There must be stronger leadership from the SFA, the SPFL and also the clubs to wipe out sectarianism from Scottish football.
Until they take the step of accepting ‘strict liability’ the hooligans and peddlers of these sectarian songs will sadly feel they can still sing them.
It is down to the clubs and Scotland’s football authorities to make the change.
It was disappointing that Aberdeen manager Derek McInnes was yet again the target of sectarian chants in the 3-0 loss to Celtic on Saturday.
We have to stamp sectarianism out as there is absolutely no excuse for supporters to sing these songs.
It is the authorities that have to take action.
However, the clubs that are responsible for hosting the games also have to take responsibility to do something about it.
To try and find the culprits, eject them and then ban them.
Sectarianism is something we are all desperate to get out of our game.
Unfortunately it has been going on for a very long time and it is going to need action to be taken to stamp it out.
What we need from the authorities that run the game, and the clubs, is a distinct positive attitude towards having zero tolerance in the matter.
Until the clubs and authorities take that stance and go into ‘strict liability’ they are not sending out a message that they are taking it that importantly.
If they stand up and take liability for it, that would be a massive statement to the fans that they are taking sectarianism seriously.
The clubs have that responsibility and for me, they are neglecting that responsibility.
Clubs can blame the authorities but I don’t think the clubs are doing enough either.
If we can get a joint way forward with the league, the SFA and the clubs to make that big statement of strict liability it would help the situation greatly.
Aberdeen manager McInnes was in the stands after being handed a one game ban from the dug-out for reacting to sectarian chants in the 3-0 Scottish Cup semi-final defeat to Celtic at Hampden.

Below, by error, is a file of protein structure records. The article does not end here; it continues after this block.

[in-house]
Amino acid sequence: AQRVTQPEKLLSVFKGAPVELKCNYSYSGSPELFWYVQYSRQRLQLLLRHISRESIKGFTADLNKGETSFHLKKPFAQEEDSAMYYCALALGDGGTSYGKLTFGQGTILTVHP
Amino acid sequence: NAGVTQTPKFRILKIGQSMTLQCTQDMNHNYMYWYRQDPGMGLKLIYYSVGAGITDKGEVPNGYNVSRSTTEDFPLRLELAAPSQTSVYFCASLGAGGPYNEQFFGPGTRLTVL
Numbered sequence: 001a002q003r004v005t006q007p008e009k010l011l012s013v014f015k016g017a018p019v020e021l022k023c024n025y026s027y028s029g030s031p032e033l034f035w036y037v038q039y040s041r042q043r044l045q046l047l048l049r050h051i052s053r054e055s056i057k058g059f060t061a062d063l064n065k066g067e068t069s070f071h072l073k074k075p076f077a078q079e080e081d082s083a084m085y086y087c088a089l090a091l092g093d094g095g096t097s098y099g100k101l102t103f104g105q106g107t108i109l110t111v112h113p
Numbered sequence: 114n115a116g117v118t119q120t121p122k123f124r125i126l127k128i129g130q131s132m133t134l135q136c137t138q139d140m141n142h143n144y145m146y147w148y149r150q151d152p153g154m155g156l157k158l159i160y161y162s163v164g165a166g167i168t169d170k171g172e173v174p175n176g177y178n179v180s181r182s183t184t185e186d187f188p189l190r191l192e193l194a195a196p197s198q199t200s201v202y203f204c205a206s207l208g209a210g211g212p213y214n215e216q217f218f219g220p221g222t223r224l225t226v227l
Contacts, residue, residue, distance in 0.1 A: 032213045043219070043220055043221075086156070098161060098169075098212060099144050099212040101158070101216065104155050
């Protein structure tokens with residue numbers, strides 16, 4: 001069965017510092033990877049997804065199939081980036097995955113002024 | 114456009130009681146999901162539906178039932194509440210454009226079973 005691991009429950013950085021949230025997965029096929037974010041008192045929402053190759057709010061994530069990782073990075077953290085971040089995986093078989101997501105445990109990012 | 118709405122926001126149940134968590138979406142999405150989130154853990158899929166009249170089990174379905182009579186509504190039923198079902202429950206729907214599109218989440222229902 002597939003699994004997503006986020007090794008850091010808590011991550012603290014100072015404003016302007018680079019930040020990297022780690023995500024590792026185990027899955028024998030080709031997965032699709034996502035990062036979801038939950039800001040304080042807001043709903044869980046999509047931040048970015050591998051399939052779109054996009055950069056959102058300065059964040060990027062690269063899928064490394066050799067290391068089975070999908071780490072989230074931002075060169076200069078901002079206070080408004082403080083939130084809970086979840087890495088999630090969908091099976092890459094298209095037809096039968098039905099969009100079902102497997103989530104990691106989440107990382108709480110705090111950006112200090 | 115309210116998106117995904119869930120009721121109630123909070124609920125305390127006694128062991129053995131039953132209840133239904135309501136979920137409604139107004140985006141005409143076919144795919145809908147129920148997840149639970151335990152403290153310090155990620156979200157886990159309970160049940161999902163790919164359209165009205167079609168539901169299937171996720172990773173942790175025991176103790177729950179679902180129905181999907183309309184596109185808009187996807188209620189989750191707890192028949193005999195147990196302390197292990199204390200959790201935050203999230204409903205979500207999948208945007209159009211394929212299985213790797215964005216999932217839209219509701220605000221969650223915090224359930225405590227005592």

Managers have got a responsibility not to react even though it is very difficult at times. I wasn’t at the hearing on Thursday and I don’t know how it went.
However, if you do react and the authorities don’t take action, then are they sanctioning managers reacting?
It is a very finely balanced position for the authorities.
In any association they have to have rules and regulations, and if they are broken they have to take action.
But at the same time to stop that action being necessitated we need stronger leadership from the SFA, the league and the clubs.
Ultimately, the most important thing is to try to get any sectarian singing out of the game.
However that needs the clubs and authorities to get together. That sectarianism is again an issue is frustrating, because there is so much good about the Premiership.
The Premiership is competitive and that is what we want.
You want the top teams to be run properly and to have good managers and players within that.
And for them to bring competition and that is what we are getting.
Aberdeen have had more pressure this season in a more competitive Premiership.
There were seasons previously when the Premiership didn’t have a strong Rangers, Hearts of Hibs.
It had just been a strong Celtic that Aberdeen had been targeting.
Now there is that added competition in the top flight is has put more pressure upon Aberdeen.
That is what Scottish football needs.
It should be embraced and the players should rise to the challenge.
Aberdeen can still secure European football by finishing third.